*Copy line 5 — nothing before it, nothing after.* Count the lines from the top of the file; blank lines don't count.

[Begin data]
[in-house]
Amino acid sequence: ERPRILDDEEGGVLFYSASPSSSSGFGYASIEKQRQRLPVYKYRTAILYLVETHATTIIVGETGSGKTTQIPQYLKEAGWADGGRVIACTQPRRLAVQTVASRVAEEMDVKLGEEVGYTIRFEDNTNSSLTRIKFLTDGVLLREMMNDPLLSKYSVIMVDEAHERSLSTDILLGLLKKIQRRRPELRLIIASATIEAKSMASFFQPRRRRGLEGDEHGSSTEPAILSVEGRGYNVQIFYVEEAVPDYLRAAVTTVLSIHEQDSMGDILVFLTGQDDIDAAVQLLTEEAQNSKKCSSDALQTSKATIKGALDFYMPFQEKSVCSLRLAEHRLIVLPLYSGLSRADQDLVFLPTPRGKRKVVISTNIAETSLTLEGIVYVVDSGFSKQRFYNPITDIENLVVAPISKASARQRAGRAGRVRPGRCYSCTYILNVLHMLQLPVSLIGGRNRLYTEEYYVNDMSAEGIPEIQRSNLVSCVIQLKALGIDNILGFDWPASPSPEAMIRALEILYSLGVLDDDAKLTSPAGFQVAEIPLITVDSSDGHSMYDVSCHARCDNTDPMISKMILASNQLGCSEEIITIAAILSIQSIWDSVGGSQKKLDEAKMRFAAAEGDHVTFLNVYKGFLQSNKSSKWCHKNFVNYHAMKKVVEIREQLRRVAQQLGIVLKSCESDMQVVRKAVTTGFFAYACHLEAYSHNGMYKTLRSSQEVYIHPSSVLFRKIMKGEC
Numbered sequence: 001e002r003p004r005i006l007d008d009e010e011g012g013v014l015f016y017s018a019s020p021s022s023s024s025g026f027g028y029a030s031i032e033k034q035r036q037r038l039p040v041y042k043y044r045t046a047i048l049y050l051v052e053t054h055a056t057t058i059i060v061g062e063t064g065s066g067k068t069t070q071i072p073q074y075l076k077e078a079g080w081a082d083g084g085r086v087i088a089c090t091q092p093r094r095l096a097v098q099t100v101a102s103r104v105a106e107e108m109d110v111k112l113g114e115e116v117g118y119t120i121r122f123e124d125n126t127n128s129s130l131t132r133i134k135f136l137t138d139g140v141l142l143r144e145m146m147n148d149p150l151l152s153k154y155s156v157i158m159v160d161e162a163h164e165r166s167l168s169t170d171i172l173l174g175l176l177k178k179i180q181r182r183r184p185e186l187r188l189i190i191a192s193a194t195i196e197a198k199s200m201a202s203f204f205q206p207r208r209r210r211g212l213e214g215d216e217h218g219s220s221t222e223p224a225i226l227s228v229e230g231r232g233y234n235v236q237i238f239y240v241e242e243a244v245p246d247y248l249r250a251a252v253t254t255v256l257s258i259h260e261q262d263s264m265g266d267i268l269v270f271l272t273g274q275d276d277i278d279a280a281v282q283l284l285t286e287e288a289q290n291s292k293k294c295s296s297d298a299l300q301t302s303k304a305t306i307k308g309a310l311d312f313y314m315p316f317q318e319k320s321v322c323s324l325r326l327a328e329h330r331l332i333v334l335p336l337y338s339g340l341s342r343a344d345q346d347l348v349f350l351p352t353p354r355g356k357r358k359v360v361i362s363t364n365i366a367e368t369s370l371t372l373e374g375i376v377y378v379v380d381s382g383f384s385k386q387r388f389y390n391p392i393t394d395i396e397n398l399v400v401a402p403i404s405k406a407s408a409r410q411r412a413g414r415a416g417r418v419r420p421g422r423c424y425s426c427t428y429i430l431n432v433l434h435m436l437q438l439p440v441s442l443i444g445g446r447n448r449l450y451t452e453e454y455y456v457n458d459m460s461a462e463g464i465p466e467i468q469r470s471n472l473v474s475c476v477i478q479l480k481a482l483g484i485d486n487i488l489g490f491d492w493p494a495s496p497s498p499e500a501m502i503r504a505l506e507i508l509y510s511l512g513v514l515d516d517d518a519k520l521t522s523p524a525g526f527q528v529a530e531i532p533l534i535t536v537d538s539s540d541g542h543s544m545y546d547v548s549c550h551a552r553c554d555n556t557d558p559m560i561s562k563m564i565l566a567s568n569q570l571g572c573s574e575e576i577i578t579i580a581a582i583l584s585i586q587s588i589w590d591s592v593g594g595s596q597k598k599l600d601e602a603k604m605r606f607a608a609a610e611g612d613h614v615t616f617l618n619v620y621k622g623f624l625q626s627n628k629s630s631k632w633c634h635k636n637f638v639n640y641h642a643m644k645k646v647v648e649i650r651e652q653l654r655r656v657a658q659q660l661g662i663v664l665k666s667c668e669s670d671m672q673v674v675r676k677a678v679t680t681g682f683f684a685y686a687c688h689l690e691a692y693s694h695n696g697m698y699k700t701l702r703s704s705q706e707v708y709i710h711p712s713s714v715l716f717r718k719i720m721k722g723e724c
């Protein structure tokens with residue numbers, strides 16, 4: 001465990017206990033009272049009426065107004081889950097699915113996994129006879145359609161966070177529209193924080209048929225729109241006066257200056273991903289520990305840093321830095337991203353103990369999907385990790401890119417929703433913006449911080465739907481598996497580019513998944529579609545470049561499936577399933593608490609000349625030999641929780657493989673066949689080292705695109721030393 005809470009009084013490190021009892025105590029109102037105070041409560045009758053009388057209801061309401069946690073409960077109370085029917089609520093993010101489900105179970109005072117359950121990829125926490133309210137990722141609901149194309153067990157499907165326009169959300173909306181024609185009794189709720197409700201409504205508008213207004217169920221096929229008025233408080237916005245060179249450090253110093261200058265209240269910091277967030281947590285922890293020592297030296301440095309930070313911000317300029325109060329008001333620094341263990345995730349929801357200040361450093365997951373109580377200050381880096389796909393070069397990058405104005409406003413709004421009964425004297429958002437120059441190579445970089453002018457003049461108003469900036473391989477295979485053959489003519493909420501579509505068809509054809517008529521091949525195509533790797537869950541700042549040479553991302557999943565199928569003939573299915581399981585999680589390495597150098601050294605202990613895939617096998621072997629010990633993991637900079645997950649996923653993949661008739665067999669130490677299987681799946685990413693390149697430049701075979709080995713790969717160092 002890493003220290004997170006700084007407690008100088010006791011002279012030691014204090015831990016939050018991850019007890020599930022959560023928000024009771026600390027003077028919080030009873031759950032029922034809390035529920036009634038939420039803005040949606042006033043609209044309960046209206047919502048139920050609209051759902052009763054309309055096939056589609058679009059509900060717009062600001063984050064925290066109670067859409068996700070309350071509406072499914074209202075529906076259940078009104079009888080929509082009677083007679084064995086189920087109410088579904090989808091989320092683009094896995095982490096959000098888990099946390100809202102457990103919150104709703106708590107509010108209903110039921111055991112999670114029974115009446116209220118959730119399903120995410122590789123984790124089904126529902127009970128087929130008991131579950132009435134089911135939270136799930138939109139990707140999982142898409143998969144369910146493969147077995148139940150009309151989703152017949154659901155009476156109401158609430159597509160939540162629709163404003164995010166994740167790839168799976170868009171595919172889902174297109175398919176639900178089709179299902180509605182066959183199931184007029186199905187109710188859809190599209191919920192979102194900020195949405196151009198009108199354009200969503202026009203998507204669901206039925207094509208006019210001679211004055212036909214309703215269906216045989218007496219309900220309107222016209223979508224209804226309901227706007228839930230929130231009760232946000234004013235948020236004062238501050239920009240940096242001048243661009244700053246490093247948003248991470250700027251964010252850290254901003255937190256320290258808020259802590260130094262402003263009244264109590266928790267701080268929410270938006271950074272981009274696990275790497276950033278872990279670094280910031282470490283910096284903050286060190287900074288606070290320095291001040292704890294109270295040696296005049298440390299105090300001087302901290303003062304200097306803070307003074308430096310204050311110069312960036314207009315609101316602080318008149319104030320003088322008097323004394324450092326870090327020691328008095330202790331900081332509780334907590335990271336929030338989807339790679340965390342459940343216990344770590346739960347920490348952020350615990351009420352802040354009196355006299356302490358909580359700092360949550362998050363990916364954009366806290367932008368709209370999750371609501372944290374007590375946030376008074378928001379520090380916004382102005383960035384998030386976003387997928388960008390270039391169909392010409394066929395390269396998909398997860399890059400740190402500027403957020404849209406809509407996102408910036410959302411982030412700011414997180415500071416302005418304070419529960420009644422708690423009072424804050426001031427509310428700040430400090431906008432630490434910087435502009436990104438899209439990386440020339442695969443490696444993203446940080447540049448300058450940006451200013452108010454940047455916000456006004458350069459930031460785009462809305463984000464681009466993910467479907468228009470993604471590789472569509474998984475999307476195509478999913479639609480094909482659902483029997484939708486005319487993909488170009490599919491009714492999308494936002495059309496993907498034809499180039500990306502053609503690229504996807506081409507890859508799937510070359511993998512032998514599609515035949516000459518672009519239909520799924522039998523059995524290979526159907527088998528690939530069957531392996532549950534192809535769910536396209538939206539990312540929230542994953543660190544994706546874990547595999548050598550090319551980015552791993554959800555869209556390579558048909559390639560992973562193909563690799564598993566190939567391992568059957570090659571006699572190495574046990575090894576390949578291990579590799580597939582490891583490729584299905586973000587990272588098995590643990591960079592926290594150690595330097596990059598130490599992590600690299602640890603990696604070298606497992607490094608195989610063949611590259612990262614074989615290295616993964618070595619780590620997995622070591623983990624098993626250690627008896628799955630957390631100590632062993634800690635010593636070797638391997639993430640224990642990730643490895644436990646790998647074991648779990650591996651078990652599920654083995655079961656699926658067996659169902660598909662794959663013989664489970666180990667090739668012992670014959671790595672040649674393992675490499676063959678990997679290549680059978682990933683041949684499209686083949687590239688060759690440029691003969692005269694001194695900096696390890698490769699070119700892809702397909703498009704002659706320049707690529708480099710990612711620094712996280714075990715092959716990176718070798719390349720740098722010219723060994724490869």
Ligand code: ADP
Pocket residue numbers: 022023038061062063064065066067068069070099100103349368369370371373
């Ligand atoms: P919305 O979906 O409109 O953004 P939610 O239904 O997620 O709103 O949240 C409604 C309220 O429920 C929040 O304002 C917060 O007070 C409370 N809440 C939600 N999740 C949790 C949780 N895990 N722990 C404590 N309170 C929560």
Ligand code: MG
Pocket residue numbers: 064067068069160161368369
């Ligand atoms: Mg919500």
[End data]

Ligand code: ADP